Planning a short & sweet trip to Northern California? If so, then I’ve got the perfect 5 day itinerary for you, which includes 3 days in San Francisco + 2 days in Big Sur. And even if you aren’t planning anything, read ahead and I guarantee you just might change your mind!
This past March for spring break, my best friend and I took a trip to San Francisco & road tripped along California State Route 1 aka Pacific Coast Highway (PCH) to Big Sur. It was an incredible trip, to say the least. Ever since I got back, I’ve been dreaming of returning. What better way to put my nostalgia to use than to blog about it?!
Anyway, here are some of the highlights of things I did, in case you need a little inspiration for your own trip:
Day 1: San Francisco
- We checked in the night before, so we got an early start to the day with breakfast at our hostel, Green Tortoise in North Beach (which I loved and definitely recommend for budget travelers!).
- Checked out City Lights Bookstore, which has a long-standing history of being a beacon for beatnik culture.
- Wandered around the area, admiring all the pretty architecture on the way to the nearest Cable Car stop, then took the Powell-Hyde Line going North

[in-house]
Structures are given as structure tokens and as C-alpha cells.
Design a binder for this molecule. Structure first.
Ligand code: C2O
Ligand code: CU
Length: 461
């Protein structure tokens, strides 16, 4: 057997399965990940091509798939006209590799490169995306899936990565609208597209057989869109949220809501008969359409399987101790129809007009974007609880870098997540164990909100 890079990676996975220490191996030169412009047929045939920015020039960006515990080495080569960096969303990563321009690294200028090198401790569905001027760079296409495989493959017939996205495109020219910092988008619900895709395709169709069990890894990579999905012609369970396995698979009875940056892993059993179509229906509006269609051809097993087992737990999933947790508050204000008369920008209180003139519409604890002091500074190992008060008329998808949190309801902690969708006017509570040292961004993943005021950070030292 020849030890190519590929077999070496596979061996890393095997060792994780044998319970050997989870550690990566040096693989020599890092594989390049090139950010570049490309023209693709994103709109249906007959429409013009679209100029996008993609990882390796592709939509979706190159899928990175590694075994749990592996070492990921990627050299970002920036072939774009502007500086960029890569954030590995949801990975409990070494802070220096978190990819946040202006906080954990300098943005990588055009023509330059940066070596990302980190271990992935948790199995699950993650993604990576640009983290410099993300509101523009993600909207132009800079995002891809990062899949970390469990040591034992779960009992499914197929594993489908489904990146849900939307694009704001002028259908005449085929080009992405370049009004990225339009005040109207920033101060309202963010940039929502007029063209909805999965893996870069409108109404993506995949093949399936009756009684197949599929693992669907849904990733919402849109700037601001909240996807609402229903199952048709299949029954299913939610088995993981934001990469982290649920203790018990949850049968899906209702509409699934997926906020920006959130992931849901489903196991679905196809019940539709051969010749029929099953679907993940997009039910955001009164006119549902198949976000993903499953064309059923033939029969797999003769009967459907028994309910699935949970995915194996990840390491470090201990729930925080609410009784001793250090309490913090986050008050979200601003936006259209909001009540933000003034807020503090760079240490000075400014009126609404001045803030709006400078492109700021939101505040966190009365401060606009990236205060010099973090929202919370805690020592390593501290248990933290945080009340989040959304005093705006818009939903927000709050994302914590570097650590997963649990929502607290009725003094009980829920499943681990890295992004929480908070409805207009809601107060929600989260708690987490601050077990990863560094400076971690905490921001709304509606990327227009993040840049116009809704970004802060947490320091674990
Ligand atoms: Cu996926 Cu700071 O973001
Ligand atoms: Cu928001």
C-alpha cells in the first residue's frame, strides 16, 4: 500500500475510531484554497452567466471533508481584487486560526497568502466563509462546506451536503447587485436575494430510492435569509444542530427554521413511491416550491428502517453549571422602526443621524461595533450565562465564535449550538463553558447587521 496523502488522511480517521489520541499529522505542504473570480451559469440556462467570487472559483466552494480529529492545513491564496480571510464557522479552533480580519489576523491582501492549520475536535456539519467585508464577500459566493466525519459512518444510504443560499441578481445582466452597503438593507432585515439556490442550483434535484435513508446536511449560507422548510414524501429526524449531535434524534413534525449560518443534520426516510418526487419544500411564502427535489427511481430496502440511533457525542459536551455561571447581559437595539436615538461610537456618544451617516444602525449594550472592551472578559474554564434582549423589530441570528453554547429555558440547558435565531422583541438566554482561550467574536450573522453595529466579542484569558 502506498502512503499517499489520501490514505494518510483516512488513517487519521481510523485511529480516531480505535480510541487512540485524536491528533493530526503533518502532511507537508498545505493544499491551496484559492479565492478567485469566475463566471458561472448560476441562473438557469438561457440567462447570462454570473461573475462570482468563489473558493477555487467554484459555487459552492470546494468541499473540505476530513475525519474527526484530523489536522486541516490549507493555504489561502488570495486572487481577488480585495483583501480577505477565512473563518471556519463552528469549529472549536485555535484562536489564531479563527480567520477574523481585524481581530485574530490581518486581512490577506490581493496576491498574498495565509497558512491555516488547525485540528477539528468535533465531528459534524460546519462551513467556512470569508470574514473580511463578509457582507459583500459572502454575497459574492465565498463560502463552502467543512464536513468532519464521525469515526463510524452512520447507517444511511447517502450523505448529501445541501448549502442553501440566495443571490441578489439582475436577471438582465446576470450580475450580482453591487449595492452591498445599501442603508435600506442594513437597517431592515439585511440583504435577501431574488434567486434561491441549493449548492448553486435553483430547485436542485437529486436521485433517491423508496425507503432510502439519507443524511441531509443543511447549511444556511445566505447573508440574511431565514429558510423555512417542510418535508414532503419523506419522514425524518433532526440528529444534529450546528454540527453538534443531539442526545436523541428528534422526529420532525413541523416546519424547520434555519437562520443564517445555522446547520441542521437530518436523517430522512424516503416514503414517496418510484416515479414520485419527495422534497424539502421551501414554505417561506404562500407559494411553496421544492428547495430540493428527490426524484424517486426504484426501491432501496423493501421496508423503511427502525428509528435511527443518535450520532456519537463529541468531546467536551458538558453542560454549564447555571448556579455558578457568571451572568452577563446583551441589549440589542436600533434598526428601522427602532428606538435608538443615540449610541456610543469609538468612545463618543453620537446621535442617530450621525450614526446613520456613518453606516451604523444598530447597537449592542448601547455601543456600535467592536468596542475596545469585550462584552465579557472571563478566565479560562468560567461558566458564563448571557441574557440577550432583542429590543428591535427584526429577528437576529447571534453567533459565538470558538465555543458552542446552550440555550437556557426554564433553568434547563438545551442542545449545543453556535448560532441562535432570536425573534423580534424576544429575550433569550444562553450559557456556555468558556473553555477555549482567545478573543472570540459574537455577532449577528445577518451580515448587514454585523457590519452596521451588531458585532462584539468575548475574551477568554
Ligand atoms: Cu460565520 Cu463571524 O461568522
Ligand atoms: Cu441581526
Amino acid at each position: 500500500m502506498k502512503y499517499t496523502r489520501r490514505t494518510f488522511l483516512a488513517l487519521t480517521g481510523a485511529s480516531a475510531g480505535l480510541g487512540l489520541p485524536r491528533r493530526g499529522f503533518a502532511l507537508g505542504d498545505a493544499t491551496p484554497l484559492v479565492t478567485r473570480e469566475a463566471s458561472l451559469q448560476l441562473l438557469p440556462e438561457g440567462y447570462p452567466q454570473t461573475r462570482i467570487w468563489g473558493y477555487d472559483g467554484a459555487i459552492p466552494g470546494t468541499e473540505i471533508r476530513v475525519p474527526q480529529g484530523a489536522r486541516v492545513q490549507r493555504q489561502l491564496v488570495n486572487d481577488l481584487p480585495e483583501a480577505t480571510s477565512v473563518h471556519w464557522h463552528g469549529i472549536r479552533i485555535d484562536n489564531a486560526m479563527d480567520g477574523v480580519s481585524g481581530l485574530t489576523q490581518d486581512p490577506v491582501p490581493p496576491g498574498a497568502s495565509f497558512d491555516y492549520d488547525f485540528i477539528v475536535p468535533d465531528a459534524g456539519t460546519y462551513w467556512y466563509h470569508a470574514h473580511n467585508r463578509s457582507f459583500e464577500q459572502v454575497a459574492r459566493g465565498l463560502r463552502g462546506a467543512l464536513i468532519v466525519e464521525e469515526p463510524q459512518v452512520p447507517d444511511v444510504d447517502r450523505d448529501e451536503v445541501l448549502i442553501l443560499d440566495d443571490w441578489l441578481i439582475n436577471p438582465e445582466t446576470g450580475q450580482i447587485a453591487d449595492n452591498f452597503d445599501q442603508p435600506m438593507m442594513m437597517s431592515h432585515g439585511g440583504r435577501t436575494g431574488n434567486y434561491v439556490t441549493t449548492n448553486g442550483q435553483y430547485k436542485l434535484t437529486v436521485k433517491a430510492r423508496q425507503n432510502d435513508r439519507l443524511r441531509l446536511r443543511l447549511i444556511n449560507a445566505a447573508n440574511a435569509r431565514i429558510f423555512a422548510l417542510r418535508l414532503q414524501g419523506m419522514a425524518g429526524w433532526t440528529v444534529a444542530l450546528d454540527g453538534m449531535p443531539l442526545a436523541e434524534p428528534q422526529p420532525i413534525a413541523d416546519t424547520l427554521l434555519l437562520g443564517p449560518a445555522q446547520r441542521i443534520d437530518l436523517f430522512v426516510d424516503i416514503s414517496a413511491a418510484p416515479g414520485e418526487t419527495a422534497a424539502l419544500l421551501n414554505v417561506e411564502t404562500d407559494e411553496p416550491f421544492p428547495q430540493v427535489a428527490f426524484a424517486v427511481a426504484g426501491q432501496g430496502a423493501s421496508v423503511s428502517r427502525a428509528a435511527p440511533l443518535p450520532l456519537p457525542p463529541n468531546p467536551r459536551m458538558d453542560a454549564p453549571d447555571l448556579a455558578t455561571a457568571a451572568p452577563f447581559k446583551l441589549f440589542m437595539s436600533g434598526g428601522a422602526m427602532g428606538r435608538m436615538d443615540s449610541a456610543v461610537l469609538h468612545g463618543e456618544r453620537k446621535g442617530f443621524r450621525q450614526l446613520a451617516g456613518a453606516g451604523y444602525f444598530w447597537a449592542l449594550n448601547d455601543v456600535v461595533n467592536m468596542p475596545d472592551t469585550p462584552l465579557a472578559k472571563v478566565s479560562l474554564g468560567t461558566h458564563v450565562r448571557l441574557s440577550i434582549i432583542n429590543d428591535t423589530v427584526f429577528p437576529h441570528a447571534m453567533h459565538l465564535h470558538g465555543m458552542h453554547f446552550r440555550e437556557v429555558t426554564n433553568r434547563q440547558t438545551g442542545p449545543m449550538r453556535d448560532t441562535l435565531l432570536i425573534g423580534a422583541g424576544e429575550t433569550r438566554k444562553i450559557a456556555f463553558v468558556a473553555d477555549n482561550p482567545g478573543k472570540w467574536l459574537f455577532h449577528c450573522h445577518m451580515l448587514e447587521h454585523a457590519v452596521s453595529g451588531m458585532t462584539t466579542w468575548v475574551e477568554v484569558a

I quickly realized that San Francisco is a big fan of the color pink & that I was going to like it here very much.
- Got off at Lombard Street, the “crookedest” street in the world!
- Walked all the way to Fisherman’s Wharf; explored that area for a little while and tried the world-famous clam chowder at Chowders.
- Walked over to Pier 39 to check out the famous sea lions!! I’ve never seen anything like this in my life. I was giggling the whole time watching these guys.
- Had lunch at In-N-Out; their only location in the actual city of SF is in Fisherman’s Wharf, so of course it was very crowded, but nonetheless amazing.
- Made our way to Ghirardelli Square for dessert and tried the brownie, which was really good. I remember wishing I were hungrier because I would’ve loved to try one of the sundaes!